The Ultimate Metric for Credit Unions
In 2013, credit union membership grew to over 96 million, up almost 3% from 2012. To continue this growth and retain members, credit unions need to look critically at their Member Effort Score (MES), a valuable indicator for predicting member activity and improving loyalty.
Today, credit unions and other financial institutions have their pick of data points to choose from when evaluating members and prospects, but few offer the predictive intelligence and tactical actionability of MES. Unlike the Net Promoter Score (NPS) or traditional customer satisfaction (CSAT) metrics, MES evaluates members’ overall ease of performing various key tasks on an omnichannel basis, which means through contact center (both live agent and IVR), digital (public website, member portal and social media) and branch interactions.
Often simple questions can be the most revealing. When asked “What is it like for members to interact with your credit union?”, many credit union employees reply with anecdotes, outdated web survey results or siloed call center logs, essentially stitching together an answer until they admit they aren’t sure. In an increasingly consumer-driven marketplace, and with much hype given to “the customer being king,” it is surprising how many credit unions not only lack current state perspective, but also a prioritized plan on how to improve their members’ experience.
This predicament often stems from credit unions being unsure of how to (1) simply and quantifiably measure the member experience and (2) evaluate the multi-channel member experience without spending months doing so. Research has shown the value of a more effortless member experience: increased spending and greater probability of repurchase. Fortunately, there is a valuable metric that quantifies the member experience based upon one measure (effort), and can be used to design a program that allows credit unions to get actionable insights: the MES.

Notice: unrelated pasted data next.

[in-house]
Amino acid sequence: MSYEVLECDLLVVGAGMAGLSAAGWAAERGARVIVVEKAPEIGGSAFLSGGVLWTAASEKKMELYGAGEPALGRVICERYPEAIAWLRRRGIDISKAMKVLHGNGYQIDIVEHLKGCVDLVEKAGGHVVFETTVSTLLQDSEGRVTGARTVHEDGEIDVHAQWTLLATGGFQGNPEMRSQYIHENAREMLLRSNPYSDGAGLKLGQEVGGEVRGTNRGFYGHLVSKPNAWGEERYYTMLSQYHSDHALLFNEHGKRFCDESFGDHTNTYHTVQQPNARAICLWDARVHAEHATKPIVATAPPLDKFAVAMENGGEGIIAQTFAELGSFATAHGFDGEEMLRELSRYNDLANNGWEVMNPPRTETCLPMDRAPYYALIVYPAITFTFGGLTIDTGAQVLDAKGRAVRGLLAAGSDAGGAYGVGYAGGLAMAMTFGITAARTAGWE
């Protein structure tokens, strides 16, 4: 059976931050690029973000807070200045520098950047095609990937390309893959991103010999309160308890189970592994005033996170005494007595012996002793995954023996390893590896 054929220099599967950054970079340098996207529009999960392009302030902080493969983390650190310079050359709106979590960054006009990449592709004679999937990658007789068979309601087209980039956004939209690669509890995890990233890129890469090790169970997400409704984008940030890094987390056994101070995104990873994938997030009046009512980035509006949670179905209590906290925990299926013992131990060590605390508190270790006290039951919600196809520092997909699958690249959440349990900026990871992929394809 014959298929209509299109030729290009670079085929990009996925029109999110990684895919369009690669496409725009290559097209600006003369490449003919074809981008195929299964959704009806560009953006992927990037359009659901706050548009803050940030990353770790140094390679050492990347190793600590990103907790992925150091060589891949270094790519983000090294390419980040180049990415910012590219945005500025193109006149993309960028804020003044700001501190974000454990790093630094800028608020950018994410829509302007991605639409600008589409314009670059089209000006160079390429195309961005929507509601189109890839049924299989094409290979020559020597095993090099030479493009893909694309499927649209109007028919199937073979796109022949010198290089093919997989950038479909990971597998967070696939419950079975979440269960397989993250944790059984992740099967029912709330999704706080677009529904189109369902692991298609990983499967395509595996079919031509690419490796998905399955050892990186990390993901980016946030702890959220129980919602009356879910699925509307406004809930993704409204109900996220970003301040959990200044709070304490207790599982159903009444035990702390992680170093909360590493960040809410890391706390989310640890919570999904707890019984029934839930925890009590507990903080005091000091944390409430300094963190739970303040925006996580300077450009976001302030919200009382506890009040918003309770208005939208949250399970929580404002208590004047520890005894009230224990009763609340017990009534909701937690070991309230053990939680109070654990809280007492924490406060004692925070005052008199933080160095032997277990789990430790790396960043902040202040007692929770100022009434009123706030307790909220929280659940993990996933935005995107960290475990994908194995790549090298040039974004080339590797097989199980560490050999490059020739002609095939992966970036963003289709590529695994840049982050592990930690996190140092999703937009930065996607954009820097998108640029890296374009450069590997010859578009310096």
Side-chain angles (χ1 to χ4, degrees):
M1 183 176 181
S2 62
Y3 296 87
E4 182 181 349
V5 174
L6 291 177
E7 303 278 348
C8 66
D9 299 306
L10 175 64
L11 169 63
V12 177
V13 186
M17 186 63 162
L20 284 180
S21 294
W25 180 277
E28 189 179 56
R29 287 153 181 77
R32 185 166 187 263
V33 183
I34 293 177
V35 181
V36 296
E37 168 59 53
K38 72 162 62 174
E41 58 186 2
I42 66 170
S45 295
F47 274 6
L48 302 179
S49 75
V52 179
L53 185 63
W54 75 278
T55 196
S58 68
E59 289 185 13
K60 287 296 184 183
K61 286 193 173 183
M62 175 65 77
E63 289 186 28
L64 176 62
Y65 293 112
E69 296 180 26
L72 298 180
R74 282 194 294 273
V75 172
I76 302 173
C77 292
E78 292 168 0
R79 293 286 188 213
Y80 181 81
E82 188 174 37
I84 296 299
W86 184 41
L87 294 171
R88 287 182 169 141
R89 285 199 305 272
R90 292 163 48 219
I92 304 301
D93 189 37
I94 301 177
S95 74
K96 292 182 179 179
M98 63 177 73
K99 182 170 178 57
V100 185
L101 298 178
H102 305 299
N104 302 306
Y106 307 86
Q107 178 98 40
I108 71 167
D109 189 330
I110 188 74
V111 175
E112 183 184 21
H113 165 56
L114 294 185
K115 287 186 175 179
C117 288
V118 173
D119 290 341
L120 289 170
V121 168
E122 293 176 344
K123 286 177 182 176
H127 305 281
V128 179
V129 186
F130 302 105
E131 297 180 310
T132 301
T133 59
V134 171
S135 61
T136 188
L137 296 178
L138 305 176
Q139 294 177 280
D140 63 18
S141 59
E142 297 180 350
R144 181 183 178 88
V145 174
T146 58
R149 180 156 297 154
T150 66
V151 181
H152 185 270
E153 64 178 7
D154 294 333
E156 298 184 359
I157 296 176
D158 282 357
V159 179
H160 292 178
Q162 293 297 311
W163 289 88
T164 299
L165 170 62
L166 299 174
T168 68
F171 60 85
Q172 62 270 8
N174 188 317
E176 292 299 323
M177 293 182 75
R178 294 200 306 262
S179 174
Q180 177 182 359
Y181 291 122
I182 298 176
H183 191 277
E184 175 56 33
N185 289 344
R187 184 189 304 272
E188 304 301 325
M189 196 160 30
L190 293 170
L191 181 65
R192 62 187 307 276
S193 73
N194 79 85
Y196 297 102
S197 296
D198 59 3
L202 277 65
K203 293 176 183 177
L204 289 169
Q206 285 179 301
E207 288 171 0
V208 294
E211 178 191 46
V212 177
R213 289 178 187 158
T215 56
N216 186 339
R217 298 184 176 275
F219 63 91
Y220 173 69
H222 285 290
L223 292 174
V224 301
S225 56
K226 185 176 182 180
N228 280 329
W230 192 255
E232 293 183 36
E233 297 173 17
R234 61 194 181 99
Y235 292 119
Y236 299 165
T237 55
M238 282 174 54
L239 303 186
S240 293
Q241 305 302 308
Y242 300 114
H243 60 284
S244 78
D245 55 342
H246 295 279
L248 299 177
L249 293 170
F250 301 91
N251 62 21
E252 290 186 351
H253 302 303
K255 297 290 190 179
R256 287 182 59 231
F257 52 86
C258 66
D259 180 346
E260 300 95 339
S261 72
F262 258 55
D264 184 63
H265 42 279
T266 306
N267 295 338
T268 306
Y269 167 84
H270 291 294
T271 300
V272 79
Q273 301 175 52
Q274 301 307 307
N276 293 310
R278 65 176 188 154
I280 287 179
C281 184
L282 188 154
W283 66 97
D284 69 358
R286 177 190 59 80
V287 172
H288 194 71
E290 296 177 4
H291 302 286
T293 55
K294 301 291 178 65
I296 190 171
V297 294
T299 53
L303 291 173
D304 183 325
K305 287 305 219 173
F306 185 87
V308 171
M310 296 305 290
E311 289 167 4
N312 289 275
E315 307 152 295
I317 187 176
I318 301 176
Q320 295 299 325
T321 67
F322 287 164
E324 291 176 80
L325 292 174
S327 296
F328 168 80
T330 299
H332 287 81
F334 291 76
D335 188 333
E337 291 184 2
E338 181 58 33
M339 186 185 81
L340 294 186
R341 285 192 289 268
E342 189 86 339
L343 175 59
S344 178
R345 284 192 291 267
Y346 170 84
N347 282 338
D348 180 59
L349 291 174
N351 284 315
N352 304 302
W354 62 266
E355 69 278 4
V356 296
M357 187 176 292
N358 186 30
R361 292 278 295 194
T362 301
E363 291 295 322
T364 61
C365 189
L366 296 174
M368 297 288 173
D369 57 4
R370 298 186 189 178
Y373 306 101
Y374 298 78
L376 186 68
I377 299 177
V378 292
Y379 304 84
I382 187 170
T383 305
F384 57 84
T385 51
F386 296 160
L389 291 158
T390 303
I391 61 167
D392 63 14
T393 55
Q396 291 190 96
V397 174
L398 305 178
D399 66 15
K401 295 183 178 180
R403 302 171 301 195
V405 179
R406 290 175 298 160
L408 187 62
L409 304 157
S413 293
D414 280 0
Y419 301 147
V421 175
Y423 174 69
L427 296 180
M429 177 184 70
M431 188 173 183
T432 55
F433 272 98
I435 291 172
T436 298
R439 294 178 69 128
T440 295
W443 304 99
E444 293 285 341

Specifically designed for credit unions, MES examines the degree of consumer effort required to complete 30 tasks across nine dimensions – where less effort is preferred. Some of these include Key Task Usability and Customer Orientation on the public website; Information Availability and Account Setting for the customer portal/online banking; and Information Availability, Layout and Design, and Cross-Channel Interactions for branches.
Scored on a scale of one (low effort) to five (high effort), MES can be done initially using an outside-in “mystery shopper” approach to perform the assessment. However, it can then subsequently be done via effort-related questions in a member-facing survey tool. Generally, the scores are then aggregated up to four uber-categories: Branch Banking Effort, Customer Assistance Effort, Website Effort, and Online Banking Effort. This also allows for further granularity to benchmark leading and lagging practices in each category.
Based on foundational research from the Corporate Executive Board Co., effort scoring has proven to be much more indicative of customer loyalty – both the predictive power for repurchase and increased spend – than both NPS or CSAT indices. Because it allows leaders to drill down on the areas of highest effort, MES enables credit unions to decide how and where to best allocate resources to make improvements to the customer experience. In addition, benchmarking a credit union’s MES with that of its peers can help determine how far a firm needs to improve to stand out among competitors.
Not all credit unions can provide the ‘wow’ experience, but most firms do not need to. MES is based upon research that argues that firms create loyal customers primarily by reducing effort and making it easier to do business – not by “wowing” the customer or over-delighting them during service interactions. On the “Hierarchy of Customer Needs,” effortless experiences and ease with which to do business make up the middle ground – prioritized above effectiveness at meeting core needs but below the “wow” experiences.
MES can also be used to understand the perceptions and behaviors that impact a credit union’s key outcomes, including its bottom line. By helping to drive results such as improved sales and reduced churn, minimizing member effort also has a quantifiable link to increasing Member Lifetime Value and overall firm profitability.
Credit unions should critically examine MES as another key customer metric and a proven indicator for improving member loyalty. Since MES evaluates members’ overall ease of performing various tasks across touch-points, it offers highly actionable insights, not just vanity data. MES can also be used to understand the levers that impact both positive and negative outcomes, such as sales and member churn.
It’s been a healthy couple of years for credit unions in terms of membership. In order to maintain this momentum, institutions need to keep a watchful eye on their member experience – and the data that could help improve it.
Mr. Nash is a director in the Customer Experience practice and Mr. Hartman a director in the Banking practice of Chicago-based West Monroe Partners . They can be reached at [email protected] and [email protected] respectively.